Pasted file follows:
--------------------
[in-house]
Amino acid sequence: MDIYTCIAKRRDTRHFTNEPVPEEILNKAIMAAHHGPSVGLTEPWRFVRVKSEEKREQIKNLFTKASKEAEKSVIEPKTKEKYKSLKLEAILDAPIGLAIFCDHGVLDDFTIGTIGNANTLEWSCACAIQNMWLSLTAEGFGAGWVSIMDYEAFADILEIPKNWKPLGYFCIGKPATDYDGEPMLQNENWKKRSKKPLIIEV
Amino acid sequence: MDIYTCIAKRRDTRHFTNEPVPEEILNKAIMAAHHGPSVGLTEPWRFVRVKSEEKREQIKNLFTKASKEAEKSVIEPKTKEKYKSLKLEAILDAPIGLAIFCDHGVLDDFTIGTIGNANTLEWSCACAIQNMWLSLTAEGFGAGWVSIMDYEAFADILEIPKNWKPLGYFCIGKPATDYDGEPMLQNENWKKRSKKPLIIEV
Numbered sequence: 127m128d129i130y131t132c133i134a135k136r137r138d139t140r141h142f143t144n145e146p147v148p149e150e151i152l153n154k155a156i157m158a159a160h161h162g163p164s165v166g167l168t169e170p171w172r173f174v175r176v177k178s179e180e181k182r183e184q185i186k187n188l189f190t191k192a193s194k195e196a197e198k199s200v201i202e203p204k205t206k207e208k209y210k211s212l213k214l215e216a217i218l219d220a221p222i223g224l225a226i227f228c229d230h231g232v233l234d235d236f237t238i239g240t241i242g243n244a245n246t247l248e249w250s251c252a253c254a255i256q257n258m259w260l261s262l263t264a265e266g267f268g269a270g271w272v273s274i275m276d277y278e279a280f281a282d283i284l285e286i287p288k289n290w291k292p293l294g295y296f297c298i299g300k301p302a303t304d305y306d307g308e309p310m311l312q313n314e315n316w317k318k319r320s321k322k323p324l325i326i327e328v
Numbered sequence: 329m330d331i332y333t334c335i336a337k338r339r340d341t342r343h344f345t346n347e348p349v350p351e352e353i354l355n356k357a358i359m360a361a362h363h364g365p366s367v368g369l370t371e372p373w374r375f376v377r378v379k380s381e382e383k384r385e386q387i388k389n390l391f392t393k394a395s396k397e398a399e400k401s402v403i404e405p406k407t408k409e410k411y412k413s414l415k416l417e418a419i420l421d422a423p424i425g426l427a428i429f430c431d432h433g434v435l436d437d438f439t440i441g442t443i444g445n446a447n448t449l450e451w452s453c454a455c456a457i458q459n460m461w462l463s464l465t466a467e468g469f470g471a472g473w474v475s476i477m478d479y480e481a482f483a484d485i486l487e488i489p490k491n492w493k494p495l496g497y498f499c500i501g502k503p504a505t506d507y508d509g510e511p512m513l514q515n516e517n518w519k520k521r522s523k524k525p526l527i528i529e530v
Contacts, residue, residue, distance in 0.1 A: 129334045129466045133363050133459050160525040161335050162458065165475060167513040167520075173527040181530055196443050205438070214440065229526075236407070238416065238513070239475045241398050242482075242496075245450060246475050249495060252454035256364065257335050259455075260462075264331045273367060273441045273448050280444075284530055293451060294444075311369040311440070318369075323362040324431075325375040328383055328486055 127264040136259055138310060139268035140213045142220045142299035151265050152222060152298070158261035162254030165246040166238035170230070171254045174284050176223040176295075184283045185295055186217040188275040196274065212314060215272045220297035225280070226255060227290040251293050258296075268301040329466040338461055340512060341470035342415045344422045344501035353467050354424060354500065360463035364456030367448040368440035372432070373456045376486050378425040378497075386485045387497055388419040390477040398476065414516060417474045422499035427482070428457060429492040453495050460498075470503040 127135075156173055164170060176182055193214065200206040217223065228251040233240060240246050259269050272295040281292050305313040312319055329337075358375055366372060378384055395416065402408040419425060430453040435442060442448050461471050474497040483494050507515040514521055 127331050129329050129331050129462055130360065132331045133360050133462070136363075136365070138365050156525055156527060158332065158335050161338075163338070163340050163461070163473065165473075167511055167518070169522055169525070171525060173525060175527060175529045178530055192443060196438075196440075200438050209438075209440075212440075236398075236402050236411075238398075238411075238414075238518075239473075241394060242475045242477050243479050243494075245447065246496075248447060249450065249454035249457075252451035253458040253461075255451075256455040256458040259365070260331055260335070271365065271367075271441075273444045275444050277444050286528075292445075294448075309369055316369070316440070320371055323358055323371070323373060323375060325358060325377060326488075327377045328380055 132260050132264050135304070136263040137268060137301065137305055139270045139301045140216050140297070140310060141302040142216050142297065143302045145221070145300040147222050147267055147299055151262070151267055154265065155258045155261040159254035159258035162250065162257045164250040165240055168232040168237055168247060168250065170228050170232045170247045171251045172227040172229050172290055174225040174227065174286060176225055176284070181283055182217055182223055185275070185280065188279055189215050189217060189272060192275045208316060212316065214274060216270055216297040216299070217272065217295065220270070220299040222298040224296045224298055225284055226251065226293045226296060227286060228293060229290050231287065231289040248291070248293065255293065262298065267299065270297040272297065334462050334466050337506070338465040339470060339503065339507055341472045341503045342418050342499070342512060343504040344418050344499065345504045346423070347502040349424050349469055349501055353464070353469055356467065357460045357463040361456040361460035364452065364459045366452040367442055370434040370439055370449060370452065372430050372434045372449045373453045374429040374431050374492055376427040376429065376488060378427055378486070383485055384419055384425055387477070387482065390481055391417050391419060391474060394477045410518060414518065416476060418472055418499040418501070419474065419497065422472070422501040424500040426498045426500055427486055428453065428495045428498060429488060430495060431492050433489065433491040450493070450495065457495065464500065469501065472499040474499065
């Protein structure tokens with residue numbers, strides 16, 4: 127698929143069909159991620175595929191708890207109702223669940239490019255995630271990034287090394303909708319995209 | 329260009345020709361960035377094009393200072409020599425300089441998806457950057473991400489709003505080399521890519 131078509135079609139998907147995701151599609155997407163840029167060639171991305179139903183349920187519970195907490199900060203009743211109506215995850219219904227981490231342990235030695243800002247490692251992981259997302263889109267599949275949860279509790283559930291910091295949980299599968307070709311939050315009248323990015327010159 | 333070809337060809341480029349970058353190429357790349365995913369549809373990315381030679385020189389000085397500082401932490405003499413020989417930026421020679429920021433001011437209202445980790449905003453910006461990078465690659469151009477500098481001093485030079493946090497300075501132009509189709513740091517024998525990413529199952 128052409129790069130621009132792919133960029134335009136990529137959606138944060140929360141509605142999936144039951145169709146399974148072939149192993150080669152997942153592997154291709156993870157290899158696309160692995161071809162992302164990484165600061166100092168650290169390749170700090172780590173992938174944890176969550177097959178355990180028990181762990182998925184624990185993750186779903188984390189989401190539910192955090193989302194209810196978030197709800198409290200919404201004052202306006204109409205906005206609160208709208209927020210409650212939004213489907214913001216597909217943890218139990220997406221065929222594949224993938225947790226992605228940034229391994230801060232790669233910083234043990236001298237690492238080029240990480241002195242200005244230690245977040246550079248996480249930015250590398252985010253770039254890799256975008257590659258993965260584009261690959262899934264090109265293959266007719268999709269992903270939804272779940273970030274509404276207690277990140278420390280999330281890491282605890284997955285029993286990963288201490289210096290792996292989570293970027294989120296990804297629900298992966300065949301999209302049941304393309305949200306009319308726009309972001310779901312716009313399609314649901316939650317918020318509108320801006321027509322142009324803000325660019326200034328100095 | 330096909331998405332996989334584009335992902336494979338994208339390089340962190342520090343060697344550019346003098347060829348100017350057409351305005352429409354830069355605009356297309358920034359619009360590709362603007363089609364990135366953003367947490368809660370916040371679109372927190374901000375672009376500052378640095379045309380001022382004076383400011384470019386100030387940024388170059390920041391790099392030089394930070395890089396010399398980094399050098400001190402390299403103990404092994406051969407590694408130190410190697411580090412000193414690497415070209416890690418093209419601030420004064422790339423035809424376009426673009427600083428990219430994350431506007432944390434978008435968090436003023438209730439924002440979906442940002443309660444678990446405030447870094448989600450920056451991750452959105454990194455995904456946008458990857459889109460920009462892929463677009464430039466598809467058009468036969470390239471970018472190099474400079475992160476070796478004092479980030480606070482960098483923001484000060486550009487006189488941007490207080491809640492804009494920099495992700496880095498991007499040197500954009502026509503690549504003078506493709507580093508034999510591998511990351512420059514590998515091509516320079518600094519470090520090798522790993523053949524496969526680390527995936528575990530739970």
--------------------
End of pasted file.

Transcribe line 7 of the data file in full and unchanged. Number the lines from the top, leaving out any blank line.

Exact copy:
């Protein structure tokens with residue numbers, strides 16, 4: 127698929143069909159991620175595929191708890207109702223669940239490019255995630271990034287090394303909708319995209 | 329260009345020709361960035377094009393200072409020599425300089441998806457950057473991400489709003505080399521890519 131078509135079609139998907147995701151599609155997407163840029167060639171991305179139903183349920187519970195907490199900060203009743211109506215995850219219904227981490231342990235030695243800002247490692251992981259997302263889109267599949275949860279509790283559930291910091295949980299599968307070709311939050315009248323990015327010159 | 333070809337060809341480029349970058353190429357790349365995913369549809373990315381030679385020189389000085397500082401932490405003499413020989417930026421020679429920021433001011437209202445980790449905003453910006461990078465690659469151009477500098481001093485030079493946090497300075501132009509189709513740091517024998525990413529199952 128052409129790069130621009132792919133960029134335009136990529137959606138944060140929360141509605142999936144039951145169709146399974148072939149192993150080669152997942153592997154291709156993870157290899158696309160692995161071809162992302164990484165600061166100092168650290169390749170700090172780590173992938174944890176969550177097959178355990180028990181762990182998925184624990185993750186779903188984390189989401190539910192955090193989302194209810196978030197709800198409290200919404201004052202306006204109409205906005206609160208709208209927020210409650212939004213489907214913001216597909217943890218139990220997406221065929222594949224993938225947790226992605228940034229391994230801060232790669233910083234043990236001298237690492238080029240990480241002195242200005244230690245977040246550079248996480249930015250590398252985010253770039254890799256975008257590659258993965260584009261690959262899934264090109265293959266007719268999709269992903270939804272779940273970030274509404276207690277990140278420390280999330281890491282605890284997955285029993286990963288201490289210096290792996292989570293970027294989120296990804297629900298992966300065949301999209302049941304393309305949200306009319308726009309972001310779901312716009313399609314649901316939650317918020318509108320801006321027509322142009324803000325660019326200034328100095 | 330096909331998405332996989334584009335992902336494979338994208339390089340962190342520090343060697344550019346003098347060829348100017350057409351305005352429409354830069355605009356297309358920034359619009360590709362603007363089609364990135366953003367947490368809660370916040371679109372927190374901000375672009376500052378640095379045309380001022382004076383400011384470019386100030387940024388170059390920041391790099392030089394930070395890089396010399398980094399050098400001190402390299403103990404092994406051969407590694408130190410190697411580090412000193414690497415070209416890690418093209419601030420004064422790339423035809424376009426673009427600083428990219430994350431506007432944390434978008435968090436003023438209730439924002440979906442940002443309660444678990446405030447870094448989600450920056451991750452959105454990194455995904456946008458990857459889109460920009462892929463677009464430039466598809467058009468036969470390239471970018472190099474400079475992160476070796478004092479980030480606070482960098483923001484000060486550009487006189488941007490207080491809640492804009494920099495992700496880095498991007499040197500954009502026509503690549504003078506493709507580093508034999510591998511990351512420059514590998515091509516320079518600094519470090520090798522790993523053949524496969526680390527995936528575990530739970």